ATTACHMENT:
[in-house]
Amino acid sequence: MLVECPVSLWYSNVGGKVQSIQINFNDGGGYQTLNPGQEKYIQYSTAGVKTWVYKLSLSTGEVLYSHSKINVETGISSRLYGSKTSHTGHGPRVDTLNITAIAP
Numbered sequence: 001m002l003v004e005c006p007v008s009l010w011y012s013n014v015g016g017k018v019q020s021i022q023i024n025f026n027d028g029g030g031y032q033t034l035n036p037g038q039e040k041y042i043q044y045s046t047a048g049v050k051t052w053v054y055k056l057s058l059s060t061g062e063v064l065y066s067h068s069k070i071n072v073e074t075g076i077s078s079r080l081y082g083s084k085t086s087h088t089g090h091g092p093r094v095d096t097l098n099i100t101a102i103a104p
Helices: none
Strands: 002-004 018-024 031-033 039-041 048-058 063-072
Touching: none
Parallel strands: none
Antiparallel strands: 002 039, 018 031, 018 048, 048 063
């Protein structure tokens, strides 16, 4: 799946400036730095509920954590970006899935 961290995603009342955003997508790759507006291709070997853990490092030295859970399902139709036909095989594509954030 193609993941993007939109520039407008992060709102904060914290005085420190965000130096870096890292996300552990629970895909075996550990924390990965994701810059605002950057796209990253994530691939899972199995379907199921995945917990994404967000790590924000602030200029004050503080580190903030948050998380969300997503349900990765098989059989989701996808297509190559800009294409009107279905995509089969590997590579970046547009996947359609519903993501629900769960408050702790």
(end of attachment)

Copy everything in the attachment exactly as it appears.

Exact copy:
[in-house]
Amino acid sequence: MLVECPVSLWYSNVGGKVQSIQINFNDGGGYQTLNPGQEKYIQYSTAGVKTWVYKLSLSTGEVLYSHSKINVETGISSRLYGSKTSHTGHGPRVDTLNITAIAP
Numbered sequence: 001m002l003v004e005c006p007v008s009l010w011y012s013n014v015g016g017k018v019q020s021i022q023i024n025f026n027d028g029g030g031y032q033t034l035n036p037g038q039e040k041y042i043q044y045s046t047a048g049v050k051t052w053v054y055k056l057s058l059s060t061g062e063v064l065y066s067h068s069k070i071n072v073e074t075g076i077s078s079r080l081y082g083s084k085t086s087h088t089g090h091g092p093r094v095d096t097l098n099i100t101a102i103a104p
Helices: none
Strands: 002-004 018-024 031-033 039-041 048-058 063-072
Touching: none
Parallel strands: none
Antiparallel strands: 002 039, 018 031, 018 048, 048 063
């Protein structure tokens, strides 16, 4: 799946400036730095509920954590970006899935 961290995603009342955003997508790759507006291709070997853990490092030295859970399902139709036909095989594509954030 193609993941993007939109520039407008992060709102904060914290005085420190965000130096870096890292996300552990629970895909075996550990924390990965994701810059605002950057796209990253994530691939899972199995379907199921995945917990994404967000790590924000602030200029004050503080580190903030948050998380969300997503349900990765098989059989989701996808297509190559800009294409009107279905995509089969590997590579970046547009996947359609519903993501629900769960408050702790």